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    I find the biggest difference is how they are started. A young sportbred TB is much more like a young horse of any breed (yes, even WBs, gasp), with the same pros and cons that comes with.



  7. #7
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    A sport-bred TB isn't constrained by geography. Because the JC only recognizes live cover, a mare has to be in very close proximity to the stallion in order to produce a race-bred TB.

    Not so with sport-breds as AI is ok.

    My sport-bred mare Niina is by the Australian $1M-winning stallion Heroicity and out of my Michigan-bred OTTB mare. The major difference between Nina and your average racing TB is that Nina's pedigree is not at all fashionable for a modern racehorse.

    However, both parents were winners on the track -- and her sire Heroicity was especially good, as seen here winning a Gr 1 in Australia -- and Nina is very fast and athletic, so I suspect she would have shown some talent for the track.

    And both parents have also produced Advanced eventers (that's actually far more rare than winners on the track!) and Nina has just started her eventing career. This is Nina at her first Intro HT two weeks ago, and this weekend, she makes her BN debut at Flora Lea.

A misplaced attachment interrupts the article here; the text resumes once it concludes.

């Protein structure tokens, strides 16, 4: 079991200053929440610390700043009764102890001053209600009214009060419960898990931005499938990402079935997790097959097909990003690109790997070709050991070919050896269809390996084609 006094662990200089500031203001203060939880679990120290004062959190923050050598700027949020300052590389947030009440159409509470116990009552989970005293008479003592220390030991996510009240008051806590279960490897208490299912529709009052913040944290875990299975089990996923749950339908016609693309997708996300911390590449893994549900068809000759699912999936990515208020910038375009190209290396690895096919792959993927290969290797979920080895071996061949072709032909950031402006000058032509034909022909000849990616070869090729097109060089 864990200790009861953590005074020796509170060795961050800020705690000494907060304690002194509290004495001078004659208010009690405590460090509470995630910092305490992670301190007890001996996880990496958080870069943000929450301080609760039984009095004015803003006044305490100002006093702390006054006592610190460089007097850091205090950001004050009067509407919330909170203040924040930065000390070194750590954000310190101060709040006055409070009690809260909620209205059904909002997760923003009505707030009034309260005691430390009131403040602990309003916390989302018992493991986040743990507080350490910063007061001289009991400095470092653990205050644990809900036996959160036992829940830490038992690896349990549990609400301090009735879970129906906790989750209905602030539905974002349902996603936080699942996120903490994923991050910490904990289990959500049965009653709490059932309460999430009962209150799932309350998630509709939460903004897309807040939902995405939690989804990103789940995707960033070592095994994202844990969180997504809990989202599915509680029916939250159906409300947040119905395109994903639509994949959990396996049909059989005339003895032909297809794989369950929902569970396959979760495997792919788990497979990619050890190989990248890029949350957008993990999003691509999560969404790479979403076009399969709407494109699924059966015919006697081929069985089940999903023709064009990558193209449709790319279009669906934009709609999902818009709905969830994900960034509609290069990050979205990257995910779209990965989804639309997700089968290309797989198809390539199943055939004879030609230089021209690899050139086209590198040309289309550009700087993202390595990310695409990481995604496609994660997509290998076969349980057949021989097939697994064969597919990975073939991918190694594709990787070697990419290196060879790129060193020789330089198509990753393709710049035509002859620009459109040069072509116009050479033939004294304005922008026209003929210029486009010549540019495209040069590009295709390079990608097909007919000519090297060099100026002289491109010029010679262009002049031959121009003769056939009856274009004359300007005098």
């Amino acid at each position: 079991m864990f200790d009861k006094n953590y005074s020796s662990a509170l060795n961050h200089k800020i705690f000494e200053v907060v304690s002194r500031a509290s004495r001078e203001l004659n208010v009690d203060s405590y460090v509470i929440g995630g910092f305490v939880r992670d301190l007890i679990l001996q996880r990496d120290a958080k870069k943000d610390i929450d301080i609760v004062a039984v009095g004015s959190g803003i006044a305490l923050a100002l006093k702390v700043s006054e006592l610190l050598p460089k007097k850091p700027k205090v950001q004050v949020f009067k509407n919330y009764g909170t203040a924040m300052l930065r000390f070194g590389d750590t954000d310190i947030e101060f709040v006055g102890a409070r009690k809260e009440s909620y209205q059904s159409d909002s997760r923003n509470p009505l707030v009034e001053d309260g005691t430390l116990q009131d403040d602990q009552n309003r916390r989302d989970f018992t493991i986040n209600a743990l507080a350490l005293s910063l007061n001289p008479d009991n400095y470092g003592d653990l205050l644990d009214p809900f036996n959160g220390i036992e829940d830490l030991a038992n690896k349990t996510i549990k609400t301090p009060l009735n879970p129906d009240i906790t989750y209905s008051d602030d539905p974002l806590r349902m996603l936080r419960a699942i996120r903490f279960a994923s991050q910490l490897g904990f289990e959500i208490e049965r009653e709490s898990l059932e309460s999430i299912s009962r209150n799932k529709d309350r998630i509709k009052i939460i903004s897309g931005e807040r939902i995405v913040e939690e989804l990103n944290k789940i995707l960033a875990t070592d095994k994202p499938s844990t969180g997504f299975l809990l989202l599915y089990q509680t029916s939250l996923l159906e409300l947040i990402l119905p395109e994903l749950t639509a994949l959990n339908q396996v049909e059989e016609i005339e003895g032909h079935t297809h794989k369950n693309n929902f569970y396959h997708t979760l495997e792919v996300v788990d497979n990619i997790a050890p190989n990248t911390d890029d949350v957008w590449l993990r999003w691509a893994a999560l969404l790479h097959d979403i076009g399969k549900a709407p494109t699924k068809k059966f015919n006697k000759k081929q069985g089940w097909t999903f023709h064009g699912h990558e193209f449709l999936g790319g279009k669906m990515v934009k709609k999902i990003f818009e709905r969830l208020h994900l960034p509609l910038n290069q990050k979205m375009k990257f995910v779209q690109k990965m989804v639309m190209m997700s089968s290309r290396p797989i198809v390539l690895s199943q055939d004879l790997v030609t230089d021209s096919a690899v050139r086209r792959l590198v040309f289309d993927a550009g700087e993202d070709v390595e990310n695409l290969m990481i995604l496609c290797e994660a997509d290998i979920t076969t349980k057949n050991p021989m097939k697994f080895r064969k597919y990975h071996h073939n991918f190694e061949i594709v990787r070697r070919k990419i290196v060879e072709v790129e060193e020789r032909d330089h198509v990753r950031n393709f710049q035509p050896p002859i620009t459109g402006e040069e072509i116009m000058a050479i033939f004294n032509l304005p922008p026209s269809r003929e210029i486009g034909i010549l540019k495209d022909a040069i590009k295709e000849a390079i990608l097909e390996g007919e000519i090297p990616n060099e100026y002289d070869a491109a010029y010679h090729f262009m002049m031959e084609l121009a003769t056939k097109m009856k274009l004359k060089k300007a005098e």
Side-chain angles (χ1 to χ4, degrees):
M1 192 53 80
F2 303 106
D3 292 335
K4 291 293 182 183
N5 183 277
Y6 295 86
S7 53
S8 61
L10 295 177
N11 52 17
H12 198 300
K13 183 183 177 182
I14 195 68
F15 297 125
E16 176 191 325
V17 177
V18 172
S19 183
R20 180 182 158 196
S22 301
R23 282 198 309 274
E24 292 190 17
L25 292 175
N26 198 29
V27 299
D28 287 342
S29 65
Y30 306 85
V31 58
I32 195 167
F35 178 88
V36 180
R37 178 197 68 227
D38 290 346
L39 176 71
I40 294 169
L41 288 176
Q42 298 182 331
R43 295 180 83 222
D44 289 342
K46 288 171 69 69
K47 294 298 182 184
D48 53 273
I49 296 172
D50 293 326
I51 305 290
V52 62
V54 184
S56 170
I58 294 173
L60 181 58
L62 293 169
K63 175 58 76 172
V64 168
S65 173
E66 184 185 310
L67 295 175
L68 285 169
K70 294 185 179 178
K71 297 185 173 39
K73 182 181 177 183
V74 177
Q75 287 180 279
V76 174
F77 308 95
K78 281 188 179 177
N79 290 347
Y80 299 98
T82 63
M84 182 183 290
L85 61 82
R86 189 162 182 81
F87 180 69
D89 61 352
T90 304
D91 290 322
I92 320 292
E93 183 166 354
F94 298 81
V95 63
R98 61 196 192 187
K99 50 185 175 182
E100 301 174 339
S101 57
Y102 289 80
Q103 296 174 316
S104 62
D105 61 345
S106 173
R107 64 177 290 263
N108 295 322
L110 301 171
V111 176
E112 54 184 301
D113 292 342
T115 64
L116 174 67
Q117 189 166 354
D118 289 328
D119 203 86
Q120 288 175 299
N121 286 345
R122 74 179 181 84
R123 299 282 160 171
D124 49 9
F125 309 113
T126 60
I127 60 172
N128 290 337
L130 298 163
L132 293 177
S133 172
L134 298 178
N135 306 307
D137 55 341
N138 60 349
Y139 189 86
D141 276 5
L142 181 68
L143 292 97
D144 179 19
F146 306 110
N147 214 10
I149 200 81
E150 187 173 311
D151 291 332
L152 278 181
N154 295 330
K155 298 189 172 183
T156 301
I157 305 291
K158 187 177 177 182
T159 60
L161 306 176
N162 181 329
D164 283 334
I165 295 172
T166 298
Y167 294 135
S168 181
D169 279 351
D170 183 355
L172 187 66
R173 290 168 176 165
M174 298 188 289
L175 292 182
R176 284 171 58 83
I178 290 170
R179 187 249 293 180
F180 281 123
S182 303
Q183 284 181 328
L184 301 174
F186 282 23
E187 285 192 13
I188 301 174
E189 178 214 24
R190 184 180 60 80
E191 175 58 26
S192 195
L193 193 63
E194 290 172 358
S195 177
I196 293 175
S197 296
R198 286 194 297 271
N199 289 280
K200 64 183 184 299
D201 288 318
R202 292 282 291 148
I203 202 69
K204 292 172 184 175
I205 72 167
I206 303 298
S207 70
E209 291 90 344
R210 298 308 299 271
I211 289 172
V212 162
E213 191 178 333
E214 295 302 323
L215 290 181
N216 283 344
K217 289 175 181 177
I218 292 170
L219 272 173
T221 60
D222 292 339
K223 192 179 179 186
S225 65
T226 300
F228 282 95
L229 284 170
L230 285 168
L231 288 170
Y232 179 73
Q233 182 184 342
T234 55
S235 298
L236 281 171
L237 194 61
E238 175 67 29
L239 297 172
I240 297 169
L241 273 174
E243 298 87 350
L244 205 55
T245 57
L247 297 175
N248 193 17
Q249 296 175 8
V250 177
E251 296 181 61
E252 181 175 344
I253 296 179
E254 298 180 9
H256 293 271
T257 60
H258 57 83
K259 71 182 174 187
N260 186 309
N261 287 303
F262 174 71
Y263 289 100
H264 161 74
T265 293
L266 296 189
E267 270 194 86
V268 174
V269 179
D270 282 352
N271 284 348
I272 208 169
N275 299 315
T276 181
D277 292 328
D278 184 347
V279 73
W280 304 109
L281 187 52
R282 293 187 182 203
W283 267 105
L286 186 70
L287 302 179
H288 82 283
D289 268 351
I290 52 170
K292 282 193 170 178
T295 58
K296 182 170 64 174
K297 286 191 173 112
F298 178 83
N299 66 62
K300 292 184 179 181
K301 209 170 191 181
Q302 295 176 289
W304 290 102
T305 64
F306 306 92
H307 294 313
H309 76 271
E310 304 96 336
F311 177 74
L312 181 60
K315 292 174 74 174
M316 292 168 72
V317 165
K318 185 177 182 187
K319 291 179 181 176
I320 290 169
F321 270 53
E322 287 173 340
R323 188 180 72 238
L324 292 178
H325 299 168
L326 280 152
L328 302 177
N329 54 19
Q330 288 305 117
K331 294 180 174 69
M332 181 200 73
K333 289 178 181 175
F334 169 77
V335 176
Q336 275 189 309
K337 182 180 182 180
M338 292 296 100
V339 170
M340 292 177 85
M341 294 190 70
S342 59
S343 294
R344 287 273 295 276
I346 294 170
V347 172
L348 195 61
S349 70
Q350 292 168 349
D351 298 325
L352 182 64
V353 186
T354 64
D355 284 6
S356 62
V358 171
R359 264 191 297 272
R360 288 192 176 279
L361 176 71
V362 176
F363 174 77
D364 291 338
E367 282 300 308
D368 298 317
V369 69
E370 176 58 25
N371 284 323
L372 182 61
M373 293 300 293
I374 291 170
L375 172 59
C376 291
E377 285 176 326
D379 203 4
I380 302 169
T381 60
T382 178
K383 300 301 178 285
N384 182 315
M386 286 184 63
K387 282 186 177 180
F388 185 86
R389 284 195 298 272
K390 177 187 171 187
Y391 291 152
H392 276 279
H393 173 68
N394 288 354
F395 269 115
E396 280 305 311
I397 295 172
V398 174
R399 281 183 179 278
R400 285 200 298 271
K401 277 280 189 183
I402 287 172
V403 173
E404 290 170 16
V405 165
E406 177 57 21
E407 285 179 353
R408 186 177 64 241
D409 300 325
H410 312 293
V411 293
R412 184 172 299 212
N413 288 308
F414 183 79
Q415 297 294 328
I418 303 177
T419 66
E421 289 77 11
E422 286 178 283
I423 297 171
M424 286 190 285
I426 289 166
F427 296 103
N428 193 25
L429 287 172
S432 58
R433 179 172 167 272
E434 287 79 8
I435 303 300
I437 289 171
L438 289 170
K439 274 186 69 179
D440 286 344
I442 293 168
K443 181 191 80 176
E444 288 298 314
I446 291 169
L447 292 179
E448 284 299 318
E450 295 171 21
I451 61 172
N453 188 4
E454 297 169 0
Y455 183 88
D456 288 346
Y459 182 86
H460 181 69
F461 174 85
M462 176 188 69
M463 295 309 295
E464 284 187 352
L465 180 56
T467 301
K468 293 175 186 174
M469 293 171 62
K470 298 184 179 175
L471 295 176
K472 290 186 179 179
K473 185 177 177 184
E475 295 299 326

8. #8
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    Quote Originally Posted by JER View Post
    A sport-bred TB isn't constrained by geography. Because the JC only recognizes live cover, a mare has to be in very close proximity to the stallion in order to produce a race-bred TB.

    Not so with sport-breds as AI is ok.

    My sport-bred mare Niina is by the Australian $1M-winning stallion Heroicity and out of my Michigan-bred OTTB mare. The major difference between Nina and your average racing TB is that Nina's pedigree is not at all fashionable for a modern racehorse.

    However, both parents were winners on the track -- and her sire Heroicity was especially good, as seen here winning a Gr 1 in Australia -- and Nina is very fast and athletic, so I suspect she would have shown some talent for the track.